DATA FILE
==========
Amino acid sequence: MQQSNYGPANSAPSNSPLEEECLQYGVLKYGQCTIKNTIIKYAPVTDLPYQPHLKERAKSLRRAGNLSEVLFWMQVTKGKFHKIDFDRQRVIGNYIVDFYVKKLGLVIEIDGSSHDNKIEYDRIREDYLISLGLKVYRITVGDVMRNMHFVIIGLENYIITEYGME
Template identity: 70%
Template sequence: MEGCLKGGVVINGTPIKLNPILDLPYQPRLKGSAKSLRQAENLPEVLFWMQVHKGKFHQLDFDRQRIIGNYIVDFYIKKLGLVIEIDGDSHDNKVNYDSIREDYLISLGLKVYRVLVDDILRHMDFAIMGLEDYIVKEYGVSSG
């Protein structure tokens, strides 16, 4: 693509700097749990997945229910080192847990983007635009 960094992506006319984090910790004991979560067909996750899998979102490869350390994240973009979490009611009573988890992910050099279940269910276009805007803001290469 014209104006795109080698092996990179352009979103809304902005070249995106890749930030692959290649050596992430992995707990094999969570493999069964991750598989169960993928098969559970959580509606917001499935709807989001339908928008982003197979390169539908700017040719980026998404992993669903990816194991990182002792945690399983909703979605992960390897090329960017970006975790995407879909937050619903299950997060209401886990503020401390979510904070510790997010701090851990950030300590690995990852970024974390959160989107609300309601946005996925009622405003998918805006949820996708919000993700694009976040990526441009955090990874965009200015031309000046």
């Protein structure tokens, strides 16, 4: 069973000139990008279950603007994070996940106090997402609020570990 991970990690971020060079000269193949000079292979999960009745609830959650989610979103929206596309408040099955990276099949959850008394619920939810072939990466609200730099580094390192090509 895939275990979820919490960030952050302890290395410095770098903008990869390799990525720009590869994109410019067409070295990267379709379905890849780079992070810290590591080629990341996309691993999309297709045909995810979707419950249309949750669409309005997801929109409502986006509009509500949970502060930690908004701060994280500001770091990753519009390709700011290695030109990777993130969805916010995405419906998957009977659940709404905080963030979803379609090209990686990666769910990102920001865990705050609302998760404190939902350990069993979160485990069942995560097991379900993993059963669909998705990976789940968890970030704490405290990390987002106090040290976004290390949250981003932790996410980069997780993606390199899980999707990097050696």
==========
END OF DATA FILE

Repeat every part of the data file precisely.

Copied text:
Amino acid sequence: MQQSNYGPANSAPSNSPLEEECLQYGVLKYGQCTIKNTIIKYAPVTDLPYQPHLKERAKSLRRAGNLSEVLFWMQVTKGKFHKIDFDRQRVIGNYIVDFYVKKLGLVIEIDGSSHDNKIEYDRIREDYLISLGLKVYRITVGDVMRNMHFVIIGLENYIITEYGME
Template identity: 70%
Template sequence: MEGCLKGGVVINGTPIKLNPILDLPYQPRLKGSAKSLRQAENLPEVLFWMQVHKGKFHQLDFDRQRIIGNYIVDFYIKKLGLVIEIDGDSHDNKVNYDSIREDYLISLGLKVYRVLVDDILRHMDFAIMGLEDYIVKEYGVSSG
């Protein structure tokens, strides 16, 4: 693509700097749990997945229910080192847990983007635009 960094992506006319984090910790004991979560067909996750899998979102490869350390994240973009979490009611009573988890992910050099279940269910276009805007803001290469 014209104006795109080698092996990179352009979103809304902005070249995106890749930030692959290649050596992430992995707990094999969570493999069964991750598989169960993928098969559970959580509606917001499935709807989001339908928008982003197979390169539908700017040719980026998404992993669903990816194991990182002792945690399983909703979605992960390897090329960017970006975790995407879909937050619903299950997060209401886990503020401390979510904070510790997010701090851990950030300590690995990852970024974390959160989107609300309601946005996925009622405003998918805006949820996708919000993700694009976040990526441009955090990874965009200015031309000046």
């Protein structure tokens, strides 16, 4: 069973000139990008279950603007994070996940106090997402609020570990 991970990690971020060079000269193949000079292979999960009745609830959650989610979103929206596309408040099955990276099949959850008394619920939810072939990466609200730099580094390192090509 895939275990979820919490960030952050302890290395410095770098903008990869390799990525720009590869994109410019067409070295990267379709379905890849780079992070810290590591080629990341996309691993999309297709045909995810979707419950249309949750669409309005997801929109409502986006509009509500949970502060930690908004701060994280500001770091990753519009390709700011290695030109990777993130969805916010995405419906998957009977659940709404905080963030979803379609090209990686990666769910990102920001865990705050609302998760404190939902350990069993979160485990069942995560097991379900993993059963669909998705990976789940968890970030704490405290990390987002106090040290976004290390949250981003932790996410980069997780993606390199899980999707990097050696």